Reconsidering the Immaculate Conception

Of all the Red Letter Days on the Roman Catholic calendar, none says less to me than the Feast of the Immaculate Conception. What idiot believed we all ought to annually pause and marvel at a story that mixes bad science with complicated theology?

Yesterday I was that idiot. Some folks would say it was just a coincidence, some that it was syncronicity, but I’m a God person. I got called. And just to reassure me that it’s okay to say that, the call came on the telephone. The daytime caregiver for a 93 year old friend needed someone to sit in for a few hours so she could attend a family funeral. 

Since my friend and  used to enjoy Catholic religious programming on Eternal World Television Network, and since other daytime tv is such a wasteland, I decided to try EWTN. And there was the Pope himself (not my favorite religious figure, but still, a good liturgist) celebrating the miracle by which Mary, the mother of Jesus, entered the womb of her mother without the commission of sin. Thus was God born into the world via a perfectly clean vessel.

It’s bad science, but a universal archetype. Similar stories are told of the birth of Buddha, and Athena trumped them both by stepping full-grown from the forehead of her father, Zeus. Humankind dreams constantly that someone, somewhere, has escaped original sin. Original sin, that is, the propensity planted in us, from the first moment of conception, to commit sins (you might bring this up the next time someone starts telling you about the innocence of fetuses).

UUs claim to have risen above such legends, but in fact, our version came from Jean Jacques Rousseau by way of Bronson Alcott. Children are born innocent and will stay that way if allowed to live in a state of nature, uncorrupted by the world, especially urban culture. This is not the same as the original Universalisms, not even Death and Glory, in which we are all sinners and only saved through the death and atonement of Jesus/loving heart of God. The difference is easy to name: Birth and Glory vs Death and Glory.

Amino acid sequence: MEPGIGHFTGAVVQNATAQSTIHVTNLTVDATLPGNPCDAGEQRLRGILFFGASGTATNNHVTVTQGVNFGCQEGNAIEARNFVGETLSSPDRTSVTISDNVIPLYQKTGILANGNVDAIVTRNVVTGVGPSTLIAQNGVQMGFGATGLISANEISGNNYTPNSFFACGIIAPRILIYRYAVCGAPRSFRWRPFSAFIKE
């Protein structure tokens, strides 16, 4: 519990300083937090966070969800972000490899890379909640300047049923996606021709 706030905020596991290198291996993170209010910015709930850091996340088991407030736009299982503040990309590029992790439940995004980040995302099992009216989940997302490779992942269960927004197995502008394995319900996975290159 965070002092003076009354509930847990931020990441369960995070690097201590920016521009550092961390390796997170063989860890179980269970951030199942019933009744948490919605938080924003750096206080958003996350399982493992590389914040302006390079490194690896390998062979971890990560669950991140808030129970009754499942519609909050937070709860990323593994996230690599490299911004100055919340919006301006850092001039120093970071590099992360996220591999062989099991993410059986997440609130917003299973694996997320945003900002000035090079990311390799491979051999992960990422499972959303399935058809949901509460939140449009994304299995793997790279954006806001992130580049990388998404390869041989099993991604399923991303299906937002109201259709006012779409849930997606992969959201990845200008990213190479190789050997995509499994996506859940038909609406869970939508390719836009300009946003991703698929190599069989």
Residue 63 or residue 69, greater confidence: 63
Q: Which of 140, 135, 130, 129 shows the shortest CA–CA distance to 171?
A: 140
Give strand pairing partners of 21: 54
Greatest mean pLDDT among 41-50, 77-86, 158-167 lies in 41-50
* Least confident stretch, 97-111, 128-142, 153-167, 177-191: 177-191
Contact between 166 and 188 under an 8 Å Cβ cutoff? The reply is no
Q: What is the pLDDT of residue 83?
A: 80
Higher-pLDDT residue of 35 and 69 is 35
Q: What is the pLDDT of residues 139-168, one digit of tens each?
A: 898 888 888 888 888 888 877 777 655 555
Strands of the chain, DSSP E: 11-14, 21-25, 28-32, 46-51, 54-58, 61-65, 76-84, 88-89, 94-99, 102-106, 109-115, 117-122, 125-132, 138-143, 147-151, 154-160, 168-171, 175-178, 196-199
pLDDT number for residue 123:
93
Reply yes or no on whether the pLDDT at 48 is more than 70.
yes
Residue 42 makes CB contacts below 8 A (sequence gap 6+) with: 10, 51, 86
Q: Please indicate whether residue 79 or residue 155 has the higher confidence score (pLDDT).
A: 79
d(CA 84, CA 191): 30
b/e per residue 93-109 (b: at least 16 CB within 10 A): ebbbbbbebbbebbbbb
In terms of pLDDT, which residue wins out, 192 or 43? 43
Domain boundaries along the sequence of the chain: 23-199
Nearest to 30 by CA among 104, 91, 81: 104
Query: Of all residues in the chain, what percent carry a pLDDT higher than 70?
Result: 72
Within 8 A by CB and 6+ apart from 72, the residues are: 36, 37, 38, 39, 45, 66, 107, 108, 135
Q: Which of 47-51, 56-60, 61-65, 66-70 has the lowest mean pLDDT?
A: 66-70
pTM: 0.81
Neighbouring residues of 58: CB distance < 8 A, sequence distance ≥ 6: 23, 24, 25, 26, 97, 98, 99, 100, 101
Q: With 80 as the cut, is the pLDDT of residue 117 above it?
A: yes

The Feast of the Immaculate Conception is a good time to remember the high cost of believing that everyone is born with a propensity to do good. It is no accident that the great appeaser in the 20th century, Neville Chamberlain, was a Unitarian, and firmly believed that all souls have self-limiting boundaries. We all have a conscience. Democracies will ultimately choose that government which will do the most good.

Science these days tells us otherwise. People may not be born evil, but not all flaws are equal. My roommate has a genetic defect known as Huntington’s Disease and it isn’t hurting anyone else. But other genetic defects do hurt others. Most damnable — that is, least worthy of being re-described with holy words and stories — is Will to Power. Not everyone will recognize their fair share, just as not everyone knows when they’ve had too much alcohol or not to inject heroin just because the marijuana “just doesn’t do it anymore.”

Insatiable exists. Drives. Hungers. Lusts. Call them what you will, and explain them how you may, they are out there. They come in all political persuasions, all sexual orientations, all races, all genders, all income groups.

Not everything we long for can be found or attained. There is no Immaculate Concepcion. Not for Mary and Jesus, whoever they may have been, not Gautama the Buddha nor Athena nor anyone else. We hope for it because we want someone to spare us the tough work of second-guessing our desire for someone who justifies our idealism and lets us succumb to their powers while delegating ours. The benevolent dictator. The Messiah.

Not coming, folks. Not in this life. Not in this election cycle. This is an equal opportunity disappointment. Not straight, not gay, not transgendered or gender free. Not rich. Not poor. Not bearing gifts and not miraculously recognizing yours.

So yes, I’m a Christian loving Advent and thankful for God’s generous living among us. But not as someone unimaginably pure. Rather, this year, as someone with the courage to acknowledge that amidst our common humanness, some folks are unacceptably dangerous to the others. We must watch for them as fully as for the Lord, and when we see them, restrain them with as much courage and energy as we spend in welcoming their opposites.



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